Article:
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Just a brief meta-theoretical note: Rockin' Cowboy's answer above recapitulates a whole line of 19th-ct attempts to derive the basic functions of tonal music from the major triad (which at least one theorist called the "Chord of Nature" because of the way it follows the overtone series). In order to do that, they constructed a dualist system: that is, for ...


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You need to know theory because: Music composition is a craft. You may very well do something intuitively, but that doesn't change the fact that you need to learn the craft. More often people have an intuition for melody and harmony but they rarely have intuition for form, and form essentially is composition. Without form your music is at best sound design ...


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The first thing to note is that to specify a key, you need both a root note and a formula. A root note on its own is not sufficient. A minor and C major contain the same notes, so we can say they are different modes of the same scale. Another way of saying this is that A minor is the relative minor of C major, and C major is the relative major of A minor. ...


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Because in a major key: the tonic must not contain the scale's fourth (iv) tone the subdominant must contain the scale's fourth tone but not the seventh the dominant must contain at least the scale's seventh or both the seventh and fourth


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the third (A) and seventh (Eb) of F7 also correspond to the third (Eb) and seventh (A) of B7, so you are basically substituting B7 for F7 (with some of the tension notes altered on the B7: #4 and b9 which are typical modifications on a dominant 7th).


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Most of the time in classical, but not always - sometimes the half-measure ends up being more important (irregular phrase lengths). Not always in much of classical music. You don't have to look far to find pieces in which the inner voices are absolutely essential, and not just as harmonic filler, but as focal points - just look at some of Mozart's string ...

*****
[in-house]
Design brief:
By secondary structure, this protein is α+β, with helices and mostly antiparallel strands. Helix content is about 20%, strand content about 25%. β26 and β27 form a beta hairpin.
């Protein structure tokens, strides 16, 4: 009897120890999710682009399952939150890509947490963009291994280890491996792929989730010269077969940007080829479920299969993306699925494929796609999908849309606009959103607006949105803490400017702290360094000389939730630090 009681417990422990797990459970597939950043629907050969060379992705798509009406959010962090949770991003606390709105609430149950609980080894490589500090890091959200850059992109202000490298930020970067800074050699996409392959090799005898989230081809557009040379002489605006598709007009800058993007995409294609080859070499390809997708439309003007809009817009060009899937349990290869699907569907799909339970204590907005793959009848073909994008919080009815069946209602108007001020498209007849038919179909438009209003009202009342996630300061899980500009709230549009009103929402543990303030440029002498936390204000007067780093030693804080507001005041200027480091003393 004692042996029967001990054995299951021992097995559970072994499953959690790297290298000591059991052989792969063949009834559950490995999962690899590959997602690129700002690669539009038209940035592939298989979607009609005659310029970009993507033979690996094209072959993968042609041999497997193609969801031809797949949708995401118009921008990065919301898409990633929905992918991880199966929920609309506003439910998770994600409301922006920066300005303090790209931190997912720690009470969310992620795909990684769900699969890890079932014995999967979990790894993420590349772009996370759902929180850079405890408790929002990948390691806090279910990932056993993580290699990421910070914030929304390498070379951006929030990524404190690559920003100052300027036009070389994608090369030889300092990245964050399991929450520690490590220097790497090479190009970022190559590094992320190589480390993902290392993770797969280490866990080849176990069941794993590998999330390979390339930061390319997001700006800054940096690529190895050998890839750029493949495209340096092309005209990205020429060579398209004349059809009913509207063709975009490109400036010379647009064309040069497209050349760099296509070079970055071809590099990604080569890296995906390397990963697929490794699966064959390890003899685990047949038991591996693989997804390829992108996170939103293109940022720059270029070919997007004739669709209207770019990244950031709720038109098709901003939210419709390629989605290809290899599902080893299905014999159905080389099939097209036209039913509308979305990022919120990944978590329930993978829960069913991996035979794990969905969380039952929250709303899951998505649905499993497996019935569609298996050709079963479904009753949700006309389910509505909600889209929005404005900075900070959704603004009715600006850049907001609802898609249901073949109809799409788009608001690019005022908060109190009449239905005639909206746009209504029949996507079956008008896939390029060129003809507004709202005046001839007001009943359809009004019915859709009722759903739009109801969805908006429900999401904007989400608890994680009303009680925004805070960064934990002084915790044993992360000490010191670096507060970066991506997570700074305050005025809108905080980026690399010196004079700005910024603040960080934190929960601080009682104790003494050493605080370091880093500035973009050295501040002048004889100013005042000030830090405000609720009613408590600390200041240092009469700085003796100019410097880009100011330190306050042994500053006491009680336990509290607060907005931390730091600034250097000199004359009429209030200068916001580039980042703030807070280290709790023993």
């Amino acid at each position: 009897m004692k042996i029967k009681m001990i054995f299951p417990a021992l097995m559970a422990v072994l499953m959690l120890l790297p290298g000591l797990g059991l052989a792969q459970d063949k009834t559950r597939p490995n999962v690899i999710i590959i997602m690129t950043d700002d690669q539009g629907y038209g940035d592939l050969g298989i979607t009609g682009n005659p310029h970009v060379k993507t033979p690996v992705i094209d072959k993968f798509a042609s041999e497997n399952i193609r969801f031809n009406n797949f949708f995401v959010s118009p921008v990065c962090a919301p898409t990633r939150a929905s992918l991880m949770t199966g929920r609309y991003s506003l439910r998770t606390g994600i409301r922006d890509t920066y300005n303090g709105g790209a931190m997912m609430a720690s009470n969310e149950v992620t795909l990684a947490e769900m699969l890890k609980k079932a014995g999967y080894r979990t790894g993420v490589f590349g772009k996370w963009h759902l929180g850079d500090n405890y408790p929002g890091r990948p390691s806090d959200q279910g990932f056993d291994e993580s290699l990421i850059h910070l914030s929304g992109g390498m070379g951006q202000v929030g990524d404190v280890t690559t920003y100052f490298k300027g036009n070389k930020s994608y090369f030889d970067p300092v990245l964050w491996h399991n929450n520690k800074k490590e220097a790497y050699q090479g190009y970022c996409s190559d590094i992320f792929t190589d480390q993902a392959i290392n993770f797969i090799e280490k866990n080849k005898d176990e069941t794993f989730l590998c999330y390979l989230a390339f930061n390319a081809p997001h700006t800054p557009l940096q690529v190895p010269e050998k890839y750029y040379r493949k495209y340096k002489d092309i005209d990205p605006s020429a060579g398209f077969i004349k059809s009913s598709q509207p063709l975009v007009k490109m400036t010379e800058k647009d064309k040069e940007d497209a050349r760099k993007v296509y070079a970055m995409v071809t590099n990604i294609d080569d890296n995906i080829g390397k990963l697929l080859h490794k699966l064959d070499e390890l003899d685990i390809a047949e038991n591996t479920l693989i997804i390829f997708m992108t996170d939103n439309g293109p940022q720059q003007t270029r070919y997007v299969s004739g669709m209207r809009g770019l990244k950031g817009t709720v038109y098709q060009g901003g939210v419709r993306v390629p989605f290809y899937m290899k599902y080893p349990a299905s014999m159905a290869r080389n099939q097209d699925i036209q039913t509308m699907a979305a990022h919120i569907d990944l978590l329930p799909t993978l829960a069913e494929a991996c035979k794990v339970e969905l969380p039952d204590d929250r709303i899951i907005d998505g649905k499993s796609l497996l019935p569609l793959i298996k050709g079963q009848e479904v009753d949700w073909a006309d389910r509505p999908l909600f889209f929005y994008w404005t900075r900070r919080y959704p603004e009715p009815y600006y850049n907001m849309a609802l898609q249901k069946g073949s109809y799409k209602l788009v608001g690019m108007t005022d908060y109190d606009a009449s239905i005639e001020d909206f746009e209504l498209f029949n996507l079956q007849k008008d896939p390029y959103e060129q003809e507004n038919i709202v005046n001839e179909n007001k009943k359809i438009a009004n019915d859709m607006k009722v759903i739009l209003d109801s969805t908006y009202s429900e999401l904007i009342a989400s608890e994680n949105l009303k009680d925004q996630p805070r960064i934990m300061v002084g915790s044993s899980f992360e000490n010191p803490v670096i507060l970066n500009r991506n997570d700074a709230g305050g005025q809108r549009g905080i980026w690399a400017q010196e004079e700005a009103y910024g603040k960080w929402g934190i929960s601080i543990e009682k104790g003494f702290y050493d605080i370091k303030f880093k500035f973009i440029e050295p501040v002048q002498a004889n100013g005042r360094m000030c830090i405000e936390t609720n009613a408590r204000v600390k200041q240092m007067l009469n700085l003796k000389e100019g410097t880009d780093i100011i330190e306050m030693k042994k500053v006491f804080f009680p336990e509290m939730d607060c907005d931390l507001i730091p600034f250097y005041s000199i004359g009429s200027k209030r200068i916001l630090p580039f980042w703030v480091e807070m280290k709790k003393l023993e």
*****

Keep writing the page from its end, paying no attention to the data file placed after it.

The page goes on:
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It's known as a tritone substitution. In jazz you can substitute any dominant-seventh chord with the one a tritone (b5 or #4) away. This works because of the major-third and minor-seventh which are in every dominant-seventh chord. These make the interval of a tritone, which is exactly half an octave, and so gives exactly the same notes when transposed by a ...


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Listening to music while reading the notation helps a lot improving the perception of rhythm. It also helps having an idea of how the written rhythm is interpreted. Start with the pieces that you know well and move further into more alien ones.


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NOTE: Althogh the question sounds specific, it goes to a lot wider discussion. Consider my answer as notes on the subject. "Melody" sings over "harmony" type instrumental music mostly originates from imitating songs with instruments which already have song forms. Later instrumental music developed more complex structures with respect to the instrumentation ...


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If, as I believe, the question is about how to RECOGNISE a time signature, then you have to do some careful listening. It's not always apparent straight away. The majority of pieces are in 4/4 time, so common, it's called common time. Listen out for an emphasised note in the tune. Often, but not always, the first beat of a new line. Imagine you're about to ...


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Dom's answer is of course correct, but I think there's a misunderstanding as to what is meant by 'pattern'. In Dom's answer, he refers to the interval structure of a scale as 'pattern'. In this sense he is of course right that the patterns of major and minor pentatonic scales are different. However, I believe that Chris refers to patterns on the neck of the ...


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There's two things going on that you need to understand. The pattern for the major and minor scales are different. If you were to play a C major pentatonic scale you would play the notes C, D, E, G, A. If you were playing the C minor pentatonic you would play the notes C, Eb, F, G, Bb. Both are shown below: There are major and minor pentatonic ...


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Interesting idea! It's somewhat 'chicken and egg'. A sequence of 4 or 5 notes may have several chords which will underlie them. Similarly, a sequence of chords may have any number of melodies played over them - ask any jazzer! For some note sequences, there will be one overriding set of chords that will be best fit. Similarly, vice-versa. Some, if not most. ...